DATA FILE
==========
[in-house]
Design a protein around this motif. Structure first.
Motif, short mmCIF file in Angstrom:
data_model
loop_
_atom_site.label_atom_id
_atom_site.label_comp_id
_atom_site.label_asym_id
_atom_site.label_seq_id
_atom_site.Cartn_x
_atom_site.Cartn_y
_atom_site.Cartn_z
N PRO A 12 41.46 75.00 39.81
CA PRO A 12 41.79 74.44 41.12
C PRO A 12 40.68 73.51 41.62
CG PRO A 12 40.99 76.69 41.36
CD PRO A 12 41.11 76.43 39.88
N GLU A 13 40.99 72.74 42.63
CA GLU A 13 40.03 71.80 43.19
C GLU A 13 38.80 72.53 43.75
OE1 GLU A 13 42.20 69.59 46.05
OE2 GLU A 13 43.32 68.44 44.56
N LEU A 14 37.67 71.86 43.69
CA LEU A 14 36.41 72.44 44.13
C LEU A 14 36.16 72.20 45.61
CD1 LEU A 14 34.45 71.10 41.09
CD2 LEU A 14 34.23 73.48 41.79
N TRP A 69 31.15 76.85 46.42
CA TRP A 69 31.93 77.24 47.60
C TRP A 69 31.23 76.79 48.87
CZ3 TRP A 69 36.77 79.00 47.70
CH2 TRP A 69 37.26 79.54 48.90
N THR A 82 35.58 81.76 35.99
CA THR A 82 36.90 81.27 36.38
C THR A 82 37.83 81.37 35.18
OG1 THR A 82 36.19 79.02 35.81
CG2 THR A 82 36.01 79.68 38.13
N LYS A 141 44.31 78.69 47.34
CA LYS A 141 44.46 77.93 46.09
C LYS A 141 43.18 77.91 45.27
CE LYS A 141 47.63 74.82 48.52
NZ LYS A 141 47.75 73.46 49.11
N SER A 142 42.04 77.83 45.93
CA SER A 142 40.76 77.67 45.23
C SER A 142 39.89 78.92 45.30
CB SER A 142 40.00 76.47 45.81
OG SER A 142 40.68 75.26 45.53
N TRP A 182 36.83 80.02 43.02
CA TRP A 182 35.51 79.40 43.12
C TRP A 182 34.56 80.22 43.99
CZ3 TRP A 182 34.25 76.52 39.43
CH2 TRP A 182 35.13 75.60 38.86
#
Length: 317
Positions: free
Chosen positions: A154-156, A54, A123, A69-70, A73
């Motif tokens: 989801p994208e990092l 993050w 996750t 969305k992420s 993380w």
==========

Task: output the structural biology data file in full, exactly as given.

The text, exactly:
[in-house]
Design a protein around this motif. Structure first.
Motif, short mmCIF file in Angstrom:
data_model
loop_
_atom_site.label_atom_id
_atom_site.label_comp_id
_atom_site.label_asym_id
_atom_site.label_seq_id
_atom_site.Cartn_x
_atom_site.Cartn_y
_atom_site.Cartn_z
N PRO A 12 41.46 75.00 39.81
CA PRO A 12 41.79 74.44 41.12
C PRO A 12 40.68 73.51 41.62
CG PRO A 12 40.99 76.69 41.36
CD PRO A 12 41.11 76.43 39.88
N GLU A 13 40.99 72.74 42.63
CA GLU A 13 40.03 71.80 43.19
C GLU A 13 38.80 72.53 43.75
OE1 GLU A 13 42.20 69.59 46.05
OE2 GLU A 13 43.32 68.44 44.56
N LEU A 14 37.67 71.86 43.69
CA LEU A 14 36.41 72.44 44.13
C LEU A 14 36.16 72.20 45.61
CD1 LEU A 14 34.45 71.10 41.09
CD2 LEU A 14 34.23 73.48 41.79
N TRP A 69 31.15 76.85 46.42
CA TRP A 69 31.93 77.24 47.60
C TRP A 69 31.23 76.79 48.87
CZ3 TRP A 69 36.77 79.00 47.70
CH2 TRP A 69 37.26 79.54 48.90
N THR A 82 35.58 81.76 35.99
CA THR A 82 36.90 81.27 36.38
C THR A 82 37.83 81.37 35.18
OG1 THR A 82 36.19 79.02 35.81
CG2 THR A 82 36.01 79.68 38.13
N LYS A 141 44.31 78.69 47.34
CA LYS A 141 44.46 77.93 46.09
C LYS A 141 43.18 77.91 45.27
CE LYS A 141 47.63 74.82 48.52
NZ LYS A 141 47.75 73.46 49.11
N SER A 142 42.04 77.83 45.93
CA SER A 142 40.76 77.67 45.23
C SER A 142 39.89 78.92 45.30
CB SER A 142 40.00 76.47 45.81
OG SER A 142 40.68 75.26 45.53
N TRP A 182 36.83 80.02 43.02
CA TRP A 182 35.51 79.40 43.12
C TRP A 182 34.56 80.22 43.99
CZ3 TRP A 182 34.25 76.52 39.43
CH2 TRP A 182 35.13 75.60 38.86
#
Length: 317
Positions: free
Chosen positions: A154-156, A54, A123, A69-70, A73
């Motif tokens: 989801p994208e990092l 993050w 996750t 969305k992420s 993380w």